The old lady pulled into the driveway last night and saw a coyote trying to pull a ziplock bagged otter skull off a cable spool by my garage.


Sent from my iPhone using Tapatalk

I believe that coyote planned on setting it on fire in front of your door, ringing the doorbell and running. :dunno:
Could be I was surprised as well ,
But it did happen


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Offline Humptulips

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Re: Eating your catch
« Reply #20 on: November 22, 2020, 11:05:10 AM »
One of my favorite quotes from Wiley Carrol, "Anything that stinks has value as coyote lure."
Bruce Vandervort

Offline Loup Loup

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Re: Eating your catch
« Reply #21 on: November 23, 2020, 05:46:57 PM »
Alchase: I have been schooled that wolves could be vectors of a varity of blood borne diseases. I have been taught to wear gloves and wash my skinning tools in bleach solution after skinning wolves. And honestly it wasnt a hard sell. Some wolves are really nasty. Its not like theyve rolled in something rotten, its just a really rank smell that permeates your skin.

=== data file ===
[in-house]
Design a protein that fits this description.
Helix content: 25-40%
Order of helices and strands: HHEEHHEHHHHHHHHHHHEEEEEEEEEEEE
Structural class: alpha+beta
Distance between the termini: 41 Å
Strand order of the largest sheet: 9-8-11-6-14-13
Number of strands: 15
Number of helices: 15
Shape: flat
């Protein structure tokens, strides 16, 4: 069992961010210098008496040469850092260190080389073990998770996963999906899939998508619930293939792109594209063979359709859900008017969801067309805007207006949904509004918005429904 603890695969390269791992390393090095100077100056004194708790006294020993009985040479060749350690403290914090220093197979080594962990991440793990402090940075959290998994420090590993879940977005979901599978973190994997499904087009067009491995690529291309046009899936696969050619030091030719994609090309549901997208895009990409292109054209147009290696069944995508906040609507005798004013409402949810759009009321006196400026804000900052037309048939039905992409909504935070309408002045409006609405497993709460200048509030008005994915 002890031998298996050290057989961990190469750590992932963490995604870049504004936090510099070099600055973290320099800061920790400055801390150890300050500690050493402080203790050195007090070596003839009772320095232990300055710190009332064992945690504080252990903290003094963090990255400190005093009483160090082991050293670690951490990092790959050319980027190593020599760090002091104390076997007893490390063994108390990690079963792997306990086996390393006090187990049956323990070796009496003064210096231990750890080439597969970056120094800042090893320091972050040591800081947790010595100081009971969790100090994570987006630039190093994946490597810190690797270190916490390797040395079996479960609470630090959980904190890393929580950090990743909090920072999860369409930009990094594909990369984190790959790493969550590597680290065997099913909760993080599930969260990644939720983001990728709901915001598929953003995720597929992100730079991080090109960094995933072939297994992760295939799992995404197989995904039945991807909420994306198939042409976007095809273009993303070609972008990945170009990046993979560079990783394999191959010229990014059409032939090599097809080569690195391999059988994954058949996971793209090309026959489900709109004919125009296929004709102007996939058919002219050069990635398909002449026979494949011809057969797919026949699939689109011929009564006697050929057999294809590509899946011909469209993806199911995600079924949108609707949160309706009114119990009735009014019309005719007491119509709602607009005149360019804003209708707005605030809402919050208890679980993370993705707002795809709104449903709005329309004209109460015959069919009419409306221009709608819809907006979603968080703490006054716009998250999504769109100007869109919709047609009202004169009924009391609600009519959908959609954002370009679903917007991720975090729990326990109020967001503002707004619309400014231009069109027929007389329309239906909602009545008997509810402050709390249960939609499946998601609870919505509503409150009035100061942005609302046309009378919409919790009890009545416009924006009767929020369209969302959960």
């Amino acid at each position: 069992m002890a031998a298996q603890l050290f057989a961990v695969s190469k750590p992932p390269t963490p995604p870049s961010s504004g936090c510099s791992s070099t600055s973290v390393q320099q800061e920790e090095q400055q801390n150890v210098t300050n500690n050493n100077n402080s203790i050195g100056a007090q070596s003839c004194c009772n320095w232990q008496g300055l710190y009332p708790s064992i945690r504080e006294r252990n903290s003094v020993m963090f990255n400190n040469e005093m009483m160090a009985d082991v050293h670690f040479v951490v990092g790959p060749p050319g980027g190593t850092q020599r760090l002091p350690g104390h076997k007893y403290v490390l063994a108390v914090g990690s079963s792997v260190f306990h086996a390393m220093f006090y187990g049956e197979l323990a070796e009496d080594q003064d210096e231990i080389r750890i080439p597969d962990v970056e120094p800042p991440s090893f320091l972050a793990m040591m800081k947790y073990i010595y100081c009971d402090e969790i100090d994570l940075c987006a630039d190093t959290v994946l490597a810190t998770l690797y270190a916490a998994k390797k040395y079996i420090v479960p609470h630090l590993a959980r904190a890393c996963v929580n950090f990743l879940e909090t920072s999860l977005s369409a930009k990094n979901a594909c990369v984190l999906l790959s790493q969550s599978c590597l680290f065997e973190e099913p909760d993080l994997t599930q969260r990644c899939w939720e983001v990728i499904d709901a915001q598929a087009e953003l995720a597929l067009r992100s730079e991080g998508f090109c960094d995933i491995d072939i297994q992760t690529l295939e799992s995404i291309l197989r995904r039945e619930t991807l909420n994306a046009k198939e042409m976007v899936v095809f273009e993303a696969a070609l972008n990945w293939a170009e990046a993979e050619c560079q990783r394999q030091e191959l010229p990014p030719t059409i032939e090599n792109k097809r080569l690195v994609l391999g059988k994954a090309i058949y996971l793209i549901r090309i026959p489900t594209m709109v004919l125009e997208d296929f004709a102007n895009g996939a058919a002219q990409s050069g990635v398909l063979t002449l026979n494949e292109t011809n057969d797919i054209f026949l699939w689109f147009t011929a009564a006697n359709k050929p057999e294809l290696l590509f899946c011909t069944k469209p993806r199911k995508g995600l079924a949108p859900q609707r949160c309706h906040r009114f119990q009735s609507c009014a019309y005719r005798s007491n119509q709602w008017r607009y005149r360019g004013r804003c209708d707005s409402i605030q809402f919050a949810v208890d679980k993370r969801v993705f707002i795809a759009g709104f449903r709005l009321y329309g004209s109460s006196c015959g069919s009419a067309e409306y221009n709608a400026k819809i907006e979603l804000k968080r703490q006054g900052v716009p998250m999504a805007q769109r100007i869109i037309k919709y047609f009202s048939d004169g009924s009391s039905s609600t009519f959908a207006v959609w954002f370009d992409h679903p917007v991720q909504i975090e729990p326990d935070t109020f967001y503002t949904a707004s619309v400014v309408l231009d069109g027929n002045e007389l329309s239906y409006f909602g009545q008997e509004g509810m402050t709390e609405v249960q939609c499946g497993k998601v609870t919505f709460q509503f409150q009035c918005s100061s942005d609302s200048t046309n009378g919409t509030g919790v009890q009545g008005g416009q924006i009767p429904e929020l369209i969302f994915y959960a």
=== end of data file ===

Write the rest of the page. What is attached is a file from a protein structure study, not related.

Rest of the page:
I remember a wolf I skinned last year. I wore rubber gloves when I skinned it. I had to go out right after skinning it. I was home for two days, where I took three showers and washed my hands several times. When I got back to camp, I could still smell that wolf on my hands.
I am impressed with the trappers in Alaska and Canada who have to hang frozen wolves in their cabins to thaw before skinning.
Oh well, the sweet smell of success.

Offline Norman89

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Re: Eating your catch
« Reply #22 on: November 23, 2020, 06:28:50 PM »
But the sweet smell off cash when that hide sells would probably offset the smell on your skin :o

Offline JakeLand

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Re: Eating your catch
« Reply #23 on: November 23, 2020, 08:34:39 PM »